Energy Challenges and Solutions Conference

Last Thursday, 30th November 2017, a Conference on Current and Future Policy Energy Challenges and Solutions organised by Leitrim County Council was hosted at The Dock Arts Centre. The event gave good insights on the ongoing EU-funded SECURE Project – Smart Energy Communities, part of the Northern Periphery and Artic Programme 2014-2020, along with possible solutions needed for the energy transition in Ireland.

The conference kicked off with an introduction and welcome by Mr. Shane Tiernan of Leitrim County Council, followed by speakers such as Leo Strawbridge, Niall Kiernan or the DCCAE Principal Strategic Energy Policy, Martin Finucane. An explanation was given on the challenges that Ireland is facing and will continue to face over the next years as well as the wide range of technology we have at our disposal to fight against the climate change.

The talks included some international partners working on the SECURE project such as Kaija Saramäki (University of Applied Sciences, Finland) and Emma Norton (Nova Scotia, Canada). They shared with us policy energy measures in some regions around the world as examples of potential solutions to implement in the current Irish Energy System.

Illustration 1: Energy secure communities

Our volunteers Francesca (Italy) and Bruno (Spain) attended the event as GEAI delegation.  Paul Mc Nama from IT Sligo also gave a presentation on the NECS Project (Northwest Energy Community Start-up) carried out by IT Sligo and Good Energies Alliance Ireland in six local communities in Co Leitrim, Sligo and Donegal. The project was shown as an example of community engagement through activities such as door-to-door energy surveys, seminars and the World Café which stimulated interesting discussions. During the coffee break the volunteers had the opportunity to chat with different attendees and share views and opinions on the presented project.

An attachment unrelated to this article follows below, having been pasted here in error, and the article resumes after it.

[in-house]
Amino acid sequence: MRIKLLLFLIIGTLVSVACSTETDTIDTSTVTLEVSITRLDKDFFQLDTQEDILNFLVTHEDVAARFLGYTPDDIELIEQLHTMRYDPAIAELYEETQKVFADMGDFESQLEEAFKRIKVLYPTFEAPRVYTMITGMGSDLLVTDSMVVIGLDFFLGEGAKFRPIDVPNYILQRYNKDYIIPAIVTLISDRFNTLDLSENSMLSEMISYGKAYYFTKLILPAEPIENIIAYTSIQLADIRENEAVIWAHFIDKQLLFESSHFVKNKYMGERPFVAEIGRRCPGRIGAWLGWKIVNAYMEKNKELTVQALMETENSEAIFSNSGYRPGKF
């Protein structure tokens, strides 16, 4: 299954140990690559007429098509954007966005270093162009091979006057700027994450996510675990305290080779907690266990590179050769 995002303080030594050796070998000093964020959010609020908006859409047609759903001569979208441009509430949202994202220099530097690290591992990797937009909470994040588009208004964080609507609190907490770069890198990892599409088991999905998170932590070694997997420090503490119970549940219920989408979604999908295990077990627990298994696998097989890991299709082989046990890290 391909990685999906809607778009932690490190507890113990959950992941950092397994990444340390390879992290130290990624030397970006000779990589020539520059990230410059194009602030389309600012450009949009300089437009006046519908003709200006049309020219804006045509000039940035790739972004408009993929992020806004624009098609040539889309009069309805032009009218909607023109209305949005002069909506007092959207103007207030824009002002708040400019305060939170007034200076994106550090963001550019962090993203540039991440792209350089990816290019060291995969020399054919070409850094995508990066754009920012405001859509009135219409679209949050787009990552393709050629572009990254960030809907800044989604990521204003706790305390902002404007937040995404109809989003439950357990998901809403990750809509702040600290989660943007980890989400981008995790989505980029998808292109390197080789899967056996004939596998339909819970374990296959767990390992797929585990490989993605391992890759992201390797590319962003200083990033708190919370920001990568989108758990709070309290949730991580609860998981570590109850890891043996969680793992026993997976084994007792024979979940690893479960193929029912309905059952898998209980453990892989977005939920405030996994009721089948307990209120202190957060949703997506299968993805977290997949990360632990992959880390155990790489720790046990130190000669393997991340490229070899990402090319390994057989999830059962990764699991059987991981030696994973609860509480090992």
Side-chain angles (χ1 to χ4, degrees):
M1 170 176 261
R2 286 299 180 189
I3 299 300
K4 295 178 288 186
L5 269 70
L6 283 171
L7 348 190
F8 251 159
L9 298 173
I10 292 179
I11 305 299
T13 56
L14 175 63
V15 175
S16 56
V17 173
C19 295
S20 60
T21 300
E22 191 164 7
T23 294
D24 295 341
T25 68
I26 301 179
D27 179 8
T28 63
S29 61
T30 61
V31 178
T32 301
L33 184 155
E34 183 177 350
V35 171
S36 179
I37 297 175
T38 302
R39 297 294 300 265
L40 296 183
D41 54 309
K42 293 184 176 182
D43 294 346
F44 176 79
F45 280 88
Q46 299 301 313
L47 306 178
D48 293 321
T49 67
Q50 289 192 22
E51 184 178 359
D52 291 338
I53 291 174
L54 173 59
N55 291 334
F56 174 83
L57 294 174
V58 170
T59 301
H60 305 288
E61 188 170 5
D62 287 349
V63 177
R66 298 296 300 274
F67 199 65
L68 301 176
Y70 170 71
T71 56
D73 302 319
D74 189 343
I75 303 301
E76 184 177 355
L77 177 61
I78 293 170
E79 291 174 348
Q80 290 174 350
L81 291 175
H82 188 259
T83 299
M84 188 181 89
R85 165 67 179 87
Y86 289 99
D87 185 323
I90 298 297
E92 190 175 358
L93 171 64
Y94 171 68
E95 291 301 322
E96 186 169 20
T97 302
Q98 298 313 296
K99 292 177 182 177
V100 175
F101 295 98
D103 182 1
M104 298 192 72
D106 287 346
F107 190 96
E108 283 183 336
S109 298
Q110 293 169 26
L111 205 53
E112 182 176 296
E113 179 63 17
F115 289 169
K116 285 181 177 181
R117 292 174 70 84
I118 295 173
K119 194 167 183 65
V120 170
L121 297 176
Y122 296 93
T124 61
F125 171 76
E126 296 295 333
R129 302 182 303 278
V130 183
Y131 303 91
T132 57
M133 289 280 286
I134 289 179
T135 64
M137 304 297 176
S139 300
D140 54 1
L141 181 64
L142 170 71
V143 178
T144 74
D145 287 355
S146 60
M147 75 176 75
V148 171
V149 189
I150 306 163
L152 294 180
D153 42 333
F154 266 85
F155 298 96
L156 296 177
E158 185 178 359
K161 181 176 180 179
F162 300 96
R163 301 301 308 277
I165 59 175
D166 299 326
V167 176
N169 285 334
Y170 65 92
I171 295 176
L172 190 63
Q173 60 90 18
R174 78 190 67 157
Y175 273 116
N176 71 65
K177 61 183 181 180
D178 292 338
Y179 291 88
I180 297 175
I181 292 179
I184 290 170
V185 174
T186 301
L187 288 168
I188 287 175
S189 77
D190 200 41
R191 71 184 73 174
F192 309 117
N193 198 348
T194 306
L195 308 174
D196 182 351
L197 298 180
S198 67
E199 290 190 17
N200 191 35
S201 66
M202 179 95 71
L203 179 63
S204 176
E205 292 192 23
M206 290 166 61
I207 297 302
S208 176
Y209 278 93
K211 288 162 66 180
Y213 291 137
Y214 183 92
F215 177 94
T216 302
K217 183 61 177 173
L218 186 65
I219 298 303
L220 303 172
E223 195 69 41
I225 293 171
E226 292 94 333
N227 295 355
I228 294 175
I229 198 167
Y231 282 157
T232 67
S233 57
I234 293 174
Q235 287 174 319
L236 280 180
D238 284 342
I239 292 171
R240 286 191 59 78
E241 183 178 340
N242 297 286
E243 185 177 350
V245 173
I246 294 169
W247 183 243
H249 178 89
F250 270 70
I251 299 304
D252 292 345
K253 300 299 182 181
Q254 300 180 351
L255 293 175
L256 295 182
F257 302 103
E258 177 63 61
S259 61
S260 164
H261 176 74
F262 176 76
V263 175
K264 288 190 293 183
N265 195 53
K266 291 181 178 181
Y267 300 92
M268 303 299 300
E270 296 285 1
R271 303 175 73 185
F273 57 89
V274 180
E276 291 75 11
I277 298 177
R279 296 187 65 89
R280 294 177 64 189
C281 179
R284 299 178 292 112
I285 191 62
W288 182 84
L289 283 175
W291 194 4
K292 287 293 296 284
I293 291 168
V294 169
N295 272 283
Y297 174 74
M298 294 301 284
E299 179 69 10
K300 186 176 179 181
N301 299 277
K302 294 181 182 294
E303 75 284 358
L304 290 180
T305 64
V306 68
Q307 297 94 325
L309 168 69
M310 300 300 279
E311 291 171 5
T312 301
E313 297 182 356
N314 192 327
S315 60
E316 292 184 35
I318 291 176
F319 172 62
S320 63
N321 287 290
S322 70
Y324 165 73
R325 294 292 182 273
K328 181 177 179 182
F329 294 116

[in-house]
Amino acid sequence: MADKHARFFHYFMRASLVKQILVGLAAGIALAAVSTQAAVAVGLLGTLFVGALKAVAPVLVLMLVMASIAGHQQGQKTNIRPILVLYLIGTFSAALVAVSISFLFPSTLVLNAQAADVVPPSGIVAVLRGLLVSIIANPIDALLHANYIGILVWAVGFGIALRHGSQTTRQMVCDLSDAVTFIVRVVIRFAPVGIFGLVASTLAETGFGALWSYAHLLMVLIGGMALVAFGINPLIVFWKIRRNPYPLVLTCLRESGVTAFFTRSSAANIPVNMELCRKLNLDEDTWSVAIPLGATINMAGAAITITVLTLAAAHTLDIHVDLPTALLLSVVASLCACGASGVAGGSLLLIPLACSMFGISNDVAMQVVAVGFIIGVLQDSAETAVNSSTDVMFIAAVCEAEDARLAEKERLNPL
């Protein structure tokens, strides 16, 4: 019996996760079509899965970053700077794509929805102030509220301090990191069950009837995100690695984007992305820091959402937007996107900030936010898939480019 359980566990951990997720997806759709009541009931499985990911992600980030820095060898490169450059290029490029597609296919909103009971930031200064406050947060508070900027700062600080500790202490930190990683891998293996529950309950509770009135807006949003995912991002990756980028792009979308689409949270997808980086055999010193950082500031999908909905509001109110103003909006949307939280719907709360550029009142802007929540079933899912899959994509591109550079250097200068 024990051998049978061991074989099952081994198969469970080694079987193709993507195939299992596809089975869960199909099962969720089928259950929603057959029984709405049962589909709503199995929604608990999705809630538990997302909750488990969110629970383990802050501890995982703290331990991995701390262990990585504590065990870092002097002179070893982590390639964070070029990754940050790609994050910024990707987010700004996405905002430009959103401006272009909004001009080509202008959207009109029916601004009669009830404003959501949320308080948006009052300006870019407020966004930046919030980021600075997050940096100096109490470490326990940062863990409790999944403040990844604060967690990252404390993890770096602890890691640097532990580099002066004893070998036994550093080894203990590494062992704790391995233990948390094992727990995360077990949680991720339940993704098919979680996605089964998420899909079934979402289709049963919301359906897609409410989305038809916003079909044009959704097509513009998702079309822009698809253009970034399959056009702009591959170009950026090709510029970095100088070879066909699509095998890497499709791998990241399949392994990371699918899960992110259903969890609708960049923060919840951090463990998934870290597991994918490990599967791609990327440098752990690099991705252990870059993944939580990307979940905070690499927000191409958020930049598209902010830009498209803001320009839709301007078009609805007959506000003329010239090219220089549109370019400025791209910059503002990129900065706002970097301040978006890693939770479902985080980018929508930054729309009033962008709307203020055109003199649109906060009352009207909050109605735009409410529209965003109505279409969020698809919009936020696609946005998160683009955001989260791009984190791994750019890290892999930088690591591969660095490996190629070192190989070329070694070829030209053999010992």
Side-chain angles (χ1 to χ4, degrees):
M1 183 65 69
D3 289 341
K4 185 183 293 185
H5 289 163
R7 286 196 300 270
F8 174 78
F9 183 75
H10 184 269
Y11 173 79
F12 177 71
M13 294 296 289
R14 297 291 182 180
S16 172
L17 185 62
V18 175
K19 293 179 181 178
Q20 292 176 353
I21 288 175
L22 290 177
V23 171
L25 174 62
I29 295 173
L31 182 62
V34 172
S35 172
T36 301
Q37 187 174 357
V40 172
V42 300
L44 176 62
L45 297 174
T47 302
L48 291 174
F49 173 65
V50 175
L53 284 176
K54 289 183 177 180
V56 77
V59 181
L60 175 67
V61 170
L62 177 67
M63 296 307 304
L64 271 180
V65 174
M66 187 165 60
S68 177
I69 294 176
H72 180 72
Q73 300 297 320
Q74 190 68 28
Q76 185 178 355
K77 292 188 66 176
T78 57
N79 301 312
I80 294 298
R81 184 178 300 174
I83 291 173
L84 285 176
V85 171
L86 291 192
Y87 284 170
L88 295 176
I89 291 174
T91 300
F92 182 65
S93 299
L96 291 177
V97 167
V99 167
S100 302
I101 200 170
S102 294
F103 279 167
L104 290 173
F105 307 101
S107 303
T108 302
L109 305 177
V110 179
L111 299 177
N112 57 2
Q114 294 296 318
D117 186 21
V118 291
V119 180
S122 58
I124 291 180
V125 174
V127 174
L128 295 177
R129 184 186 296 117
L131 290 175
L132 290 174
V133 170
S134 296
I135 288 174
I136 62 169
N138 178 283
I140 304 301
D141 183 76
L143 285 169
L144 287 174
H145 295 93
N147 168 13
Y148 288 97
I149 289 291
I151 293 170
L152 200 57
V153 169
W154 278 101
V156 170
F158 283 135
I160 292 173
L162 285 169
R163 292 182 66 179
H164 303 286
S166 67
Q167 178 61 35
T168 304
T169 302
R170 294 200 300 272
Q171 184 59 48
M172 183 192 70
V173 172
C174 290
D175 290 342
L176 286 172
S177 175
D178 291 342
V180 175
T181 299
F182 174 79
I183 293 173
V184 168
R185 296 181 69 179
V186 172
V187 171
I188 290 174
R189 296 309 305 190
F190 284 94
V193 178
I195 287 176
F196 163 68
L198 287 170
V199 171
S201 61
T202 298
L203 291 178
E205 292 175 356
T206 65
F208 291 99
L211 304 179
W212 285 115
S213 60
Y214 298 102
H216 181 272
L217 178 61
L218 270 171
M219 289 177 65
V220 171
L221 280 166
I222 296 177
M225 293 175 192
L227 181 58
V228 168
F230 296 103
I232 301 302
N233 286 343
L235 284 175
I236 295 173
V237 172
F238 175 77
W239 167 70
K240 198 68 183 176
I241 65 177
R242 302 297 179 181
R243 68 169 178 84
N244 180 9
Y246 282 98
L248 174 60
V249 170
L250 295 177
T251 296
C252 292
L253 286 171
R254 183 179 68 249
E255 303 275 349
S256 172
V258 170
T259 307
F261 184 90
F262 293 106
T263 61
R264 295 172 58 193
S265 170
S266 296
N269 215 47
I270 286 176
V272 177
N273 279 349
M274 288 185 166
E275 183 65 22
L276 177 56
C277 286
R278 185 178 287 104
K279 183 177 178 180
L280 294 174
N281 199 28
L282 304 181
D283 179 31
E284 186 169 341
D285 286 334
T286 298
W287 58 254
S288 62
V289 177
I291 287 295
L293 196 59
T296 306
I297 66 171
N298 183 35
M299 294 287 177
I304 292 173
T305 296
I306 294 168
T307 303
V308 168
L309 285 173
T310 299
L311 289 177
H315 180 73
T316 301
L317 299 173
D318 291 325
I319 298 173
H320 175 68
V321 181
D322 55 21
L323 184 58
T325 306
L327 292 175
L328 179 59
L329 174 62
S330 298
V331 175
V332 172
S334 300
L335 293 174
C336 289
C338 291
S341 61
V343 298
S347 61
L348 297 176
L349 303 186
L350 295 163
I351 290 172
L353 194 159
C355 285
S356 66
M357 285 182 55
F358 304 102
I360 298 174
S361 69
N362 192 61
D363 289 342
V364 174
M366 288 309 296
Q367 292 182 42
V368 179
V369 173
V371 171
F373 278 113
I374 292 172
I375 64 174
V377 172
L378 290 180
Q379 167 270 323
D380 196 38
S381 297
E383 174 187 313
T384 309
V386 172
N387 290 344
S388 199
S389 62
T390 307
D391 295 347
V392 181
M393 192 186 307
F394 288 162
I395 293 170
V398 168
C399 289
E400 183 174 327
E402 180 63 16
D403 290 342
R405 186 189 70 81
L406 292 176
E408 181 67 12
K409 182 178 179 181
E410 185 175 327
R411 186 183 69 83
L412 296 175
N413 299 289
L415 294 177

Reduce your bill – join local sustainable community.

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Our Survey of Four Communities in Leitrim is done

Volunteers from GEAI finished surveys last week on how households get and use energy . Four towns were surveyed: Drumshanbo, Carrick-on-Shannon, Ballinamore and Carrigallen. 10% of houses in Drumshanbo (60), Carrick-on-Shannon (150), Ballinamore (50) were surveyed and 20% of houses in Carrigallen (25).

This energy survey is part of the Northwest Energy Communities Start-up project (NECS). The project is a part of the national plan for transition of communities all over Ireland to a low carbon economy, moving away from fossil fuels and using renewable energy resources.

The partners in this project are Good Energies Alliance Ireland and I.T. Sligo. The project is funded by SEAI – the Sustainable Energy Authority of Ireland

Basically the NECS project is researching how people, in selected towns, use energy and how much it costs them. GEAI and IT Sligo prepared questionnaires for each town.  The questions were about type of houses, heating systems, heating control systems and most importantly, questions about energy bills.

After all the information is analyzed, GEAI and IT Sligo will organize an Exhibition Day in each surveyed town to give the results of the surveys and plan how residents could have warmer, more comfortable homes while costing them less on fuel and heating.

After the project, each town can be registered as a  (SEC) with the SEAI.  The SEC programme gives grants to make homes more energy efficient and warmer through more insulation, better windows, solar panels and upgrading boilers, for example.

Form volunteers perspective.

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For the GEAI volunteers it was a unique experience.

“We were knocking on doors and asking questions. This experience helped to train our communication skills, flexibility, teamwork and many other skills.”

The volunteers worked 2 days per week in the evening from about 5 pm till 8:30 pm. They were supported by local volunteers in each town, so that people were happy to answer questions.

“We came across different situations, different people’s reactions. The vast majority of people were nice to us and they were glad to help us.  They were also interested in reducing their energy bills!”

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